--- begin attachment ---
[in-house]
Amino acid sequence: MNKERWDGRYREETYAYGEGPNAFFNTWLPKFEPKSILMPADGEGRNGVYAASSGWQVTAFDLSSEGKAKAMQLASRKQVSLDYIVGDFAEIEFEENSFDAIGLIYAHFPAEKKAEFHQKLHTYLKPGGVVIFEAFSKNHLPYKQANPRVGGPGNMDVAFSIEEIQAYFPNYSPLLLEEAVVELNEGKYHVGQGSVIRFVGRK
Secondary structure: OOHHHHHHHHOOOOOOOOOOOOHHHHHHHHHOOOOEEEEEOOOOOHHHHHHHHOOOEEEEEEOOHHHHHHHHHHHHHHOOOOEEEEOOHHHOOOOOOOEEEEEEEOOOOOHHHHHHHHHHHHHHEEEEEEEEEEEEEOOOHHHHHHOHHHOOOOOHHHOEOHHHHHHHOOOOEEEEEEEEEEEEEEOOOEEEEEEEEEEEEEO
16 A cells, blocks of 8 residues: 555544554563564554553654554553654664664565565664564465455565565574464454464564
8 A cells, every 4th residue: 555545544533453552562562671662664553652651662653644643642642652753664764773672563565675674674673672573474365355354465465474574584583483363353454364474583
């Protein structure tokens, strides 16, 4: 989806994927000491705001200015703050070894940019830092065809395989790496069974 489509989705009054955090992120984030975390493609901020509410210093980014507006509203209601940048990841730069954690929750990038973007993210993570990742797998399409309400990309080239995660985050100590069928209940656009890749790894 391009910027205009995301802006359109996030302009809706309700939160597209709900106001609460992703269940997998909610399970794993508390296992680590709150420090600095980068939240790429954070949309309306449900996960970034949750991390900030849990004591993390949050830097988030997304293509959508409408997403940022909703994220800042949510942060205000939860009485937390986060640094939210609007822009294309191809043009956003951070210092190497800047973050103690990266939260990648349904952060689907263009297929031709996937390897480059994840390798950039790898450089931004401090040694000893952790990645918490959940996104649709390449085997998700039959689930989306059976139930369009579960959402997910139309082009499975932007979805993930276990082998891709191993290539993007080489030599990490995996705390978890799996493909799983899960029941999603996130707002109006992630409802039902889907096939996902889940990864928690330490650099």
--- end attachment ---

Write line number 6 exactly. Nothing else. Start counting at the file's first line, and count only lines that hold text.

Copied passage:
């Protein structure tokens, strides 16, 4: 989806994927000491705001200015703050070894940019830092065809395989790496069974 489509989705009054955090992120984030975390493609901020509410210093980014507006509203209601940048990841730069954690929750990038973007993210993570990742797998399409309400990309080239995660985050100590069928209940656009890749790894 391009910027205009995301802006359109996030302009809706309700939160597209709900106001609460992703269940997998909610399970794993508390296992680590709150420090600095980068939240790429954070949309309306449900996960970034949750991390900030849990004591993390949050830097988030997304293509959508409408997403940022909703994220800042949510942060205000939860009485937390986060640094939210609007822009294309191809043009956003951070210092190497800047973050103690990266939260990648349904952060689907263009297929031709996937390897480059994840390798950039790898450089931004401090040694000893952790990645918490959940996104649709390449085997998700039959689930989306059976139930369009579960959402997910139309082009499975932007979805993930276990082998891709191993290539993007080489030599990490995996705390978890799996493909799983899960029941999603996130707002109006992630409802039902889907096939996902889940990864928690330490650099």